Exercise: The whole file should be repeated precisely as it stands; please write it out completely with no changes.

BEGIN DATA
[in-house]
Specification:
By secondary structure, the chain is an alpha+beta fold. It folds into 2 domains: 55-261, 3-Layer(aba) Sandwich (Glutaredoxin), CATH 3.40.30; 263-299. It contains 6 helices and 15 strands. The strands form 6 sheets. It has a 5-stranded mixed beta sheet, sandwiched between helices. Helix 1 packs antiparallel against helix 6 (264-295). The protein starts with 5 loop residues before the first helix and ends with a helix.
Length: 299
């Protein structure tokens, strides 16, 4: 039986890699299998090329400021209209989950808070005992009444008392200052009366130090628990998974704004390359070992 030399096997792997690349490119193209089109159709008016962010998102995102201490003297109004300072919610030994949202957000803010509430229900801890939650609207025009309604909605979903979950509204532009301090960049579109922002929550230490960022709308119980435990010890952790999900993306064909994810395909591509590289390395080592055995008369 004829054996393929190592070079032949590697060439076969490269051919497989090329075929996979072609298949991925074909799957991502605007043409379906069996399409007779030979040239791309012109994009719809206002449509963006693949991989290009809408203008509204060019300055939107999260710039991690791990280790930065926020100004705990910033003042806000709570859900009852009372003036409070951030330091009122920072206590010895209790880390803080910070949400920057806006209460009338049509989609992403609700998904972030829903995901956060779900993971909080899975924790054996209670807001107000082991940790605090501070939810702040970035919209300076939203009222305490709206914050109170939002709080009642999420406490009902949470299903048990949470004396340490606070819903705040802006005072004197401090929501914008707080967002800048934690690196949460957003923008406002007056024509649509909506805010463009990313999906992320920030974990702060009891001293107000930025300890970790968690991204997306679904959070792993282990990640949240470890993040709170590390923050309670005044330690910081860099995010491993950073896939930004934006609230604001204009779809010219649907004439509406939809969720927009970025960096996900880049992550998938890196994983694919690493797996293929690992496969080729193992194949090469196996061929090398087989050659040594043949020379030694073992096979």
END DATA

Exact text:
[in-house]
Specification:
By secondary structure, the chain is an alpha+beta fold. It folds into 2 domains: 55-261, 3-Layer(aba) Sandwich (Glutaredoxin), CATH 3.40.30; 263-299. It contains 6 helices and 15 strands. The strands form 6 sheets. It has a 5-stranded mixed beta sheet, sandwiched between helices. Helix 1 packs antiparallel against helix 6 (264-295). The protein starts with 5 loop residues before the first helix and ends with a helix.
Length: 299
């Protein structure tokens, strides 16, 4: 039986890699299998090329400021209209989950808070005992009444008392200052009366130090628990998974704004390359070992 030399096997792997690349490119193209089109159709008016962010998102995102201490003297109004300072919610030994949202957000803010509430229900801890939650609207025009309604909605979903979950509204532009301090960049579109922002929550230490960022709308119980435990010890952790999900993306064909994810395909591509590289390395080592055995008369 004829054996393929190592070079032949590697060439076969490269051919497989090329075929996979072609298949991925074909799957991502605007043409379906069996399409007779030979040239791309012109994009719809206002449509963006693949991989290009809408203008509204060019300055939107999260710039991690791990280790930065926020100004705990910033003042806000709570859900009852009372003036409070951030330091009122920072206590010895209790880390803080910070949400920057806006209460009338049509989609992403609700998904972030829903995901956060779900993971909080899975924790054996209670807001107000082991940790605090501070939810702040970035919209300076939203009222305490709206914050109170939002709080009642999420406490009902949470299903048990949470004396340490606070819903705040802006005072004197401090929501914008707080967002800048934690690196949460957003923008406002007056024509649509909506805010463009990313999906992320920030974990702060009891001293107000930025300890970790968690991204997306679904959070792993282990990640949240470890993040709170590390923050309670005044330690910081860099995010491993950073896939930004934006609230604001204009779809010219649907004439509406939809969720927009970025960096996900880049992550998938890196994983694919690493797996293929690992496969080729193992194949090469196996061929090398087989050659040594043949020379030694073992096979």